Reconstructive ear surgery may be needed for a few reasons: congenital defect, an injury or trauma to the ears or simply if you are unhappy with the shape and would like a change. This surgery is called an otoplasty and can be performed on patients as young as four years old.
The most popular type of reconstructive surgery is called ear pinning. This procedure can change the shape of the ear and bring it closer to the head. For children, this procedure is done under general anesthesia; adults can usually get by with just a sedative and a local anesthetic. An incision is made behind the ear to expose the cartilage, which is reshaped, and any excess skin is removed. The ear can then be repositioned so it sits closer to the head. Finally, the incision is closed with stitches. This procedure typically takes one to two hours.
Ear pinning can be performed with two different techniques, cartilage sparing or cartilage scoring. The cartilage sparing technique involves creating an incision in the cartilage itself; this is a more invasive procedure and can lead to scarring. The cartilage sparing technique uses only stitches and sutures to change the shape and position of the ear, creating a smoother and more natural-looking ear.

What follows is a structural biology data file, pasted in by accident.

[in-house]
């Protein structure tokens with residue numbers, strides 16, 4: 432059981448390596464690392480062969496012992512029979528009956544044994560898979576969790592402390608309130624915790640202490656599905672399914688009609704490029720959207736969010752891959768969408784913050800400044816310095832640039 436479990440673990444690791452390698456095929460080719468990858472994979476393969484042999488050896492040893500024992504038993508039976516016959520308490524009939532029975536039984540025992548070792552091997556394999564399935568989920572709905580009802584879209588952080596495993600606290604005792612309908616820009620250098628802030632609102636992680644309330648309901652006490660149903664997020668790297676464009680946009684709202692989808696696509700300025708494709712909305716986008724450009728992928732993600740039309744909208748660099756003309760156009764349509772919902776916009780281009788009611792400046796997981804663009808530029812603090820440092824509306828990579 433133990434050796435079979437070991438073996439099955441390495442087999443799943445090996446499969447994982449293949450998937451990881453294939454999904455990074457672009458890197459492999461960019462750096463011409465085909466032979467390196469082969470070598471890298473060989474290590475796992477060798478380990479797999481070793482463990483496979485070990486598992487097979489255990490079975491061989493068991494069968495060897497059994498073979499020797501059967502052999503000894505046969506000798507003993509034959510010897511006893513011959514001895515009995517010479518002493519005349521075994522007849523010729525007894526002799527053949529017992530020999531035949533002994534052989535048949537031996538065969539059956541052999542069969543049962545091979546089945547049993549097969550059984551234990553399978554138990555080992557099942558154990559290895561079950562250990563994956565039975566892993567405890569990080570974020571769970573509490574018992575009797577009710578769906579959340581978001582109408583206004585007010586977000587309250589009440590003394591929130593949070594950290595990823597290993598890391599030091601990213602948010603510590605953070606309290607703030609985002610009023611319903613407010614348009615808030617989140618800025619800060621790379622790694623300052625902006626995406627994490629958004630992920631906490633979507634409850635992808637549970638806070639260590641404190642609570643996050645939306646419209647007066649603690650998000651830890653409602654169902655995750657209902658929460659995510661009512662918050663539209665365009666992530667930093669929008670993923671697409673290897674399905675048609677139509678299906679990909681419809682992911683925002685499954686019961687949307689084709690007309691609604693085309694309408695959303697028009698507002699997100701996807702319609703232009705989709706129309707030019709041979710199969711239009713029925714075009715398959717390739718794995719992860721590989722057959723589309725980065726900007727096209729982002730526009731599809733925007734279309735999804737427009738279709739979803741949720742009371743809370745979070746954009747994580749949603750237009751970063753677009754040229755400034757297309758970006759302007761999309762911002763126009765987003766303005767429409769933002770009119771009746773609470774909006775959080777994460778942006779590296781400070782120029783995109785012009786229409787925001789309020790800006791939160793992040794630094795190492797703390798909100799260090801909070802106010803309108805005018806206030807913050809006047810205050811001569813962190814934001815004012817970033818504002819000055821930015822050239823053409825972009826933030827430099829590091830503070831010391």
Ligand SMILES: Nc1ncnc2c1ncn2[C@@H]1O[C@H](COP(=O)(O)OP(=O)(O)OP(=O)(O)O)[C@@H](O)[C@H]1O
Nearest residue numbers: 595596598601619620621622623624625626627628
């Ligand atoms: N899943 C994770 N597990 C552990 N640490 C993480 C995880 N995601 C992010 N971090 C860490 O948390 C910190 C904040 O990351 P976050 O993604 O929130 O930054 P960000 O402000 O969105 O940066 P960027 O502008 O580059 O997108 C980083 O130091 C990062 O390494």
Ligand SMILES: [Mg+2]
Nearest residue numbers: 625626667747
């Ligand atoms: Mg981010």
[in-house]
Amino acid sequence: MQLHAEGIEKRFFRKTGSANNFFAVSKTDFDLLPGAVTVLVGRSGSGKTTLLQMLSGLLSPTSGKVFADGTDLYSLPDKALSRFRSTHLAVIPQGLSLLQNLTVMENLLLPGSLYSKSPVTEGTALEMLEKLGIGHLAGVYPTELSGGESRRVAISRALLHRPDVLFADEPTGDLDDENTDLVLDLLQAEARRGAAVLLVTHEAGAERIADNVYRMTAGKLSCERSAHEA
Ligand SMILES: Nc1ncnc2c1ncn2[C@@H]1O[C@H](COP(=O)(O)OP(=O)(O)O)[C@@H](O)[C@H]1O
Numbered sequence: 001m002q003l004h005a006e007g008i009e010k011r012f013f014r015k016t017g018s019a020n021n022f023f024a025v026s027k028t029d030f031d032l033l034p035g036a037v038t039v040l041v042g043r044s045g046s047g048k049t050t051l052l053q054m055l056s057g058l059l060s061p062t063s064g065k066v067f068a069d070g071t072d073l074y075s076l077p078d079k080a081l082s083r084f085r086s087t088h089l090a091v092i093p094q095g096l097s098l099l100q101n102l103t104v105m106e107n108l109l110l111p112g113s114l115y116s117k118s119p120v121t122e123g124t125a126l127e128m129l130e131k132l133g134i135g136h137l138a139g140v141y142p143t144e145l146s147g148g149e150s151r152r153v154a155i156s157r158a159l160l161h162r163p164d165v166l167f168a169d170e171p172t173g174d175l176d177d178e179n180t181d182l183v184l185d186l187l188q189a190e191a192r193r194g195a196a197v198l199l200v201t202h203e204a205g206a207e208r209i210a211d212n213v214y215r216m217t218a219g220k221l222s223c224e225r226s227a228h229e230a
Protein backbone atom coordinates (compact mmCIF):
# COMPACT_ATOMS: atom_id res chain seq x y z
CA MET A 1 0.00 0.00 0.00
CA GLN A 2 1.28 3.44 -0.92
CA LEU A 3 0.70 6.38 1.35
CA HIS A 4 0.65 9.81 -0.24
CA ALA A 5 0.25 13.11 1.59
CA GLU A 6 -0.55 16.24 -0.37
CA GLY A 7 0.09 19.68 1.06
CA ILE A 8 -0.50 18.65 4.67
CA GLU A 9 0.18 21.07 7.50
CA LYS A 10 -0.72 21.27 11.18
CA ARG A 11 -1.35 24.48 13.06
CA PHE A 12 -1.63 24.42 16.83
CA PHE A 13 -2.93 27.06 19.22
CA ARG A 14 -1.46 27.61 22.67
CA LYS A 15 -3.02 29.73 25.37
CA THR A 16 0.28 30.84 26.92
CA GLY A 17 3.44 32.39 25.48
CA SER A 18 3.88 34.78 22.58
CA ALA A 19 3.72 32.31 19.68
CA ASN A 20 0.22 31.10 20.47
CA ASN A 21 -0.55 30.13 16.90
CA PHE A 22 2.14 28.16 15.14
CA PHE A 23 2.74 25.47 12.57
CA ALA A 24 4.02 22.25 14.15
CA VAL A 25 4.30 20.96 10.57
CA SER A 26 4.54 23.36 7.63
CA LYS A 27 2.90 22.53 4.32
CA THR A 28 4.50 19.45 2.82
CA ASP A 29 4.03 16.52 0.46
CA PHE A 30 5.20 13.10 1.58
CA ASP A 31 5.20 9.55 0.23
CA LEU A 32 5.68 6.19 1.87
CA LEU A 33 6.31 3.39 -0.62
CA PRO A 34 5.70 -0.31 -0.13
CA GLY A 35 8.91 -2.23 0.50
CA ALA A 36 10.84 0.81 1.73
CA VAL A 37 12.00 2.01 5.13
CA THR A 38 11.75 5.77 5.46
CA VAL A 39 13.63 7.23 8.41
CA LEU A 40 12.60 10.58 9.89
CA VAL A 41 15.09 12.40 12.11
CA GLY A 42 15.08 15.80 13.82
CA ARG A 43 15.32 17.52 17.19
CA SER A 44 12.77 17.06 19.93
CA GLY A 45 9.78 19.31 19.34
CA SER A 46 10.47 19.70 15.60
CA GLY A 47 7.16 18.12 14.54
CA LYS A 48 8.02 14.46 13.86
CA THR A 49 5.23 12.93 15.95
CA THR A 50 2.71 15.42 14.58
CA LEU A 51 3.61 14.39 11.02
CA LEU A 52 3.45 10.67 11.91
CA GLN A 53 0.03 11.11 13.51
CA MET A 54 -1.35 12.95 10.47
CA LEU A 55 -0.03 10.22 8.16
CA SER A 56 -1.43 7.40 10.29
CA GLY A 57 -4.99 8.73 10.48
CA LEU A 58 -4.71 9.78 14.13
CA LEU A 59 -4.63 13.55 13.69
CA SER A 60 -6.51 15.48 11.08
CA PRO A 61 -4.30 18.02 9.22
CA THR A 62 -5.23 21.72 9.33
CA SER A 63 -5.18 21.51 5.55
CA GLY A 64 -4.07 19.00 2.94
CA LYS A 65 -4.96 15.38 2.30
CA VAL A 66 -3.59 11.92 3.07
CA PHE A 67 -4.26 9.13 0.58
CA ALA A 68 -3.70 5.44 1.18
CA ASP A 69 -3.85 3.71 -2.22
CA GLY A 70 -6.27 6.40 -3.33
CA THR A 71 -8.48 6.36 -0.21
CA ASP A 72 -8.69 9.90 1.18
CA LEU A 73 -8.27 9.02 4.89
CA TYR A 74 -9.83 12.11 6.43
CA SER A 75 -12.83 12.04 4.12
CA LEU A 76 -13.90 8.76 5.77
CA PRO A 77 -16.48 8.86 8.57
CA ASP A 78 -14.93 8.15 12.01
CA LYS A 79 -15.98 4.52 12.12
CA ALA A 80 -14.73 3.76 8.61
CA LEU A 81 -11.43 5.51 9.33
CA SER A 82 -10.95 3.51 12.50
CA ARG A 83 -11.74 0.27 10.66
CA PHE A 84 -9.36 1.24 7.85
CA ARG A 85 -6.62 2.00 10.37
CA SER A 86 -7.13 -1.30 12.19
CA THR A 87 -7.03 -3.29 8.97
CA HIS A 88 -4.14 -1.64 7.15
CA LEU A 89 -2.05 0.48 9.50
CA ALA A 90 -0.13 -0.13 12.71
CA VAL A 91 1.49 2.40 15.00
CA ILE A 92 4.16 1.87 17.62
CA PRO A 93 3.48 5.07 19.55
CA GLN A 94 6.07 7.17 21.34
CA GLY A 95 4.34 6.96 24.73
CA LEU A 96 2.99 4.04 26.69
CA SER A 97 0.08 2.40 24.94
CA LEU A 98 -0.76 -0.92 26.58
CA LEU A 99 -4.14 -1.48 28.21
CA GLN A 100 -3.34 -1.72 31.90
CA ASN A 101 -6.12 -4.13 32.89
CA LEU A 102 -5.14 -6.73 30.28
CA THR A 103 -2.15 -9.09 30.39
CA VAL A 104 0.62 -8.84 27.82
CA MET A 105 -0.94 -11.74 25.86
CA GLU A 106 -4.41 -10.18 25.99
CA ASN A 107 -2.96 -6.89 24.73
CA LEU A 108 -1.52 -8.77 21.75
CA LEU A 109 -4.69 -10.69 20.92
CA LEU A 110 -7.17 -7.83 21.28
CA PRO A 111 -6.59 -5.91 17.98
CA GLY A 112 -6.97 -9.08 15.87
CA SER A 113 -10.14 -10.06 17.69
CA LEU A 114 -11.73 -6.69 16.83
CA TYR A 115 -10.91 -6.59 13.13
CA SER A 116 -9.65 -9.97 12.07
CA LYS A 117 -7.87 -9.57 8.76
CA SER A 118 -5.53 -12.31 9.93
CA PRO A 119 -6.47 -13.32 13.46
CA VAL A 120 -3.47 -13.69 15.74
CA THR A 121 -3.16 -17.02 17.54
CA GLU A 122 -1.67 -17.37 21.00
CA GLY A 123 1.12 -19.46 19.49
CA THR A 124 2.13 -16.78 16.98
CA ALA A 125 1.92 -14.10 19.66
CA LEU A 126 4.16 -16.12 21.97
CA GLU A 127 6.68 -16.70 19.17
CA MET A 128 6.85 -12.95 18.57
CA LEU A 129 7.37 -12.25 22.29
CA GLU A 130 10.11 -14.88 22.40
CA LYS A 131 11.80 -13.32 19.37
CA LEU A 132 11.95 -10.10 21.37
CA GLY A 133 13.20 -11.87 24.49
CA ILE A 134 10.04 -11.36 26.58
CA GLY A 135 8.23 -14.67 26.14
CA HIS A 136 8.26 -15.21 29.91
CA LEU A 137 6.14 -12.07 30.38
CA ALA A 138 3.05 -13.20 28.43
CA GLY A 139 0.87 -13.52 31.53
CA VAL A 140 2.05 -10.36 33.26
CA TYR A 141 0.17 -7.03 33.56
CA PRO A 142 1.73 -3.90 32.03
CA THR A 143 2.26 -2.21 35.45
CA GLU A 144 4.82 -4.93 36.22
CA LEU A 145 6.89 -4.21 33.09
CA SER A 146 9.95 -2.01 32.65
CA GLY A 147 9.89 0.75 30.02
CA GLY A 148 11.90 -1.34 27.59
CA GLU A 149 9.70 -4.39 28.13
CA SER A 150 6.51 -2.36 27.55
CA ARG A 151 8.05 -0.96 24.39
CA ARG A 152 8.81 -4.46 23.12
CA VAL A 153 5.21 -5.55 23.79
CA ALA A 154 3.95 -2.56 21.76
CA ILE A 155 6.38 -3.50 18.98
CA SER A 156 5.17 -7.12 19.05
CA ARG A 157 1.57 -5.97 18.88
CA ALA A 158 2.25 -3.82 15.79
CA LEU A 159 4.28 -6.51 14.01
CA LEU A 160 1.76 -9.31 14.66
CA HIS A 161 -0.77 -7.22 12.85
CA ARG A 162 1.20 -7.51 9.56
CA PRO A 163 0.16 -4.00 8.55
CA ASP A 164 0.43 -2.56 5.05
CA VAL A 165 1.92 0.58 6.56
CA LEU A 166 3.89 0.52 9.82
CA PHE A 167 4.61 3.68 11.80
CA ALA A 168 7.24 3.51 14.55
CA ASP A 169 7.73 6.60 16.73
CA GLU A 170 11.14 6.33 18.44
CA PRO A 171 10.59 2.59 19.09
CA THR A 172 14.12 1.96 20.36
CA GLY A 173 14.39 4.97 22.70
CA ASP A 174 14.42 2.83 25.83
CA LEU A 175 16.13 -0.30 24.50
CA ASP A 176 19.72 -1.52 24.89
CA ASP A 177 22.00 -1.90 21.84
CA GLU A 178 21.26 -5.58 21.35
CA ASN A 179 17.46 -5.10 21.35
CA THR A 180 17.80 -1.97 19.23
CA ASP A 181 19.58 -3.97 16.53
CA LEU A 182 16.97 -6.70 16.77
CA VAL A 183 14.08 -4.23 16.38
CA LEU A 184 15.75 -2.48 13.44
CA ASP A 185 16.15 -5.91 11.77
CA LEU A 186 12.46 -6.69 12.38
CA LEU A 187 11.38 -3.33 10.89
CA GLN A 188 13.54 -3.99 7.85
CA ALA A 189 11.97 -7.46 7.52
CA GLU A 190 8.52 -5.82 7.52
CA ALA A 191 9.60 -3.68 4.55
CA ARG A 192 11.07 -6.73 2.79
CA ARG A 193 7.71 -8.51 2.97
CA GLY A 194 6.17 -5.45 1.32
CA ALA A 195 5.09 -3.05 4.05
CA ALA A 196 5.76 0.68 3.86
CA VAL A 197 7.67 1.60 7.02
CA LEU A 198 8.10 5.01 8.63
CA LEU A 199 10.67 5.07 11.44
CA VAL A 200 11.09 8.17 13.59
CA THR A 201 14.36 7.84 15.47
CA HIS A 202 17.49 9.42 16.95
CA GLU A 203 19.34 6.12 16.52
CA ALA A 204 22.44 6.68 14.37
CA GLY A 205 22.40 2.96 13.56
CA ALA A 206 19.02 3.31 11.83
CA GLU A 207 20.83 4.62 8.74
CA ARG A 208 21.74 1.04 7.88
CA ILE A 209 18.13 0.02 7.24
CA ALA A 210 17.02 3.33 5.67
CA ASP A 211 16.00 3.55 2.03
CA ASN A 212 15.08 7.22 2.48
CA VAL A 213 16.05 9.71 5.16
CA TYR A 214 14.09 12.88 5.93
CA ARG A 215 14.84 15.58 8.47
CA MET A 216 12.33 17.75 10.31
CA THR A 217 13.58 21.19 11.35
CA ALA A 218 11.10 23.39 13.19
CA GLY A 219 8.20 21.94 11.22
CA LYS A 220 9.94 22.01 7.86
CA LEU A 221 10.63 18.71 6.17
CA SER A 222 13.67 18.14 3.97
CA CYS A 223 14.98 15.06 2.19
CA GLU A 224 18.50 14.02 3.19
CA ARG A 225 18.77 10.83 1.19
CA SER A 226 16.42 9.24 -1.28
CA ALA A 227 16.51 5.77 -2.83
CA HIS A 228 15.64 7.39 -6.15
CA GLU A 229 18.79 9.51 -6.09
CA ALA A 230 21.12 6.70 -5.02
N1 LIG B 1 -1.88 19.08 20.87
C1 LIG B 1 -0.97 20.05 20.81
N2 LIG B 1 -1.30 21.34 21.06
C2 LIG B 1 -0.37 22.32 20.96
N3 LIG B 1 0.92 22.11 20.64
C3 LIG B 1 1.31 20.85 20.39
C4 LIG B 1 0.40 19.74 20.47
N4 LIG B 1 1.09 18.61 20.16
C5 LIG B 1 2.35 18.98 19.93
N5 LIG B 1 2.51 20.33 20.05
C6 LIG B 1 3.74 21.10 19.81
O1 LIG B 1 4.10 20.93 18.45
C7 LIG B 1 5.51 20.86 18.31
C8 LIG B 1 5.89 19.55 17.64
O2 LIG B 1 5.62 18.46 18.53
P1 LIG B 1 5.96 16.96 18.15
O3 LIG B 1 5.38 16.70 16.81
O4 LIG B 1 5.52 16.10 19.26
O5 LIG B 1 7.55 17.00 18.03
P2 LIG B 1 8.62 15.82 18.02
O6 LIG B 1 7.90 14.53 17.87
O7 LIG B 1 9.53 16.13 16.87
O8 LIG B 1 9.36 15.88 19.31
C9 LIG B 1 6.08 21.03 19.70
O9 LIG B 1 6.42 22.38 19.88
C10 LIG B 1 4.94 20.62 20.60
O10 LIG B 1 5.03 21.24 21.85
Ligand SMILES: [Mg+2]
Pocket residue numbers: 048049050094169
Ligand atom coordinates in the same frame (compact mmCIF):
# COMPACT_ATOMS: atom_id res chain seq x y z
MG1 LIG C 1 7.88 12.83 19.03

Reconstructive ear surgery is commonly used to treat a congenital defect called Microtia. Microtia occurs in three out of every 10,000 births and results in small and underdeveloped ears. Burns and injuries from torn piercings can also be treated with reconstructive ear surgery. If the ears need to be built back up, cartilage from the ribs and skin from the upper buttocks area are used.
Ear reduction surgery is performed if a patient is unhappy with the size and shape of their ears. The doctor will cut into the cartilage and skin to reshape and create a smaller looking ear. Often, ear pinning will be performed at the same time.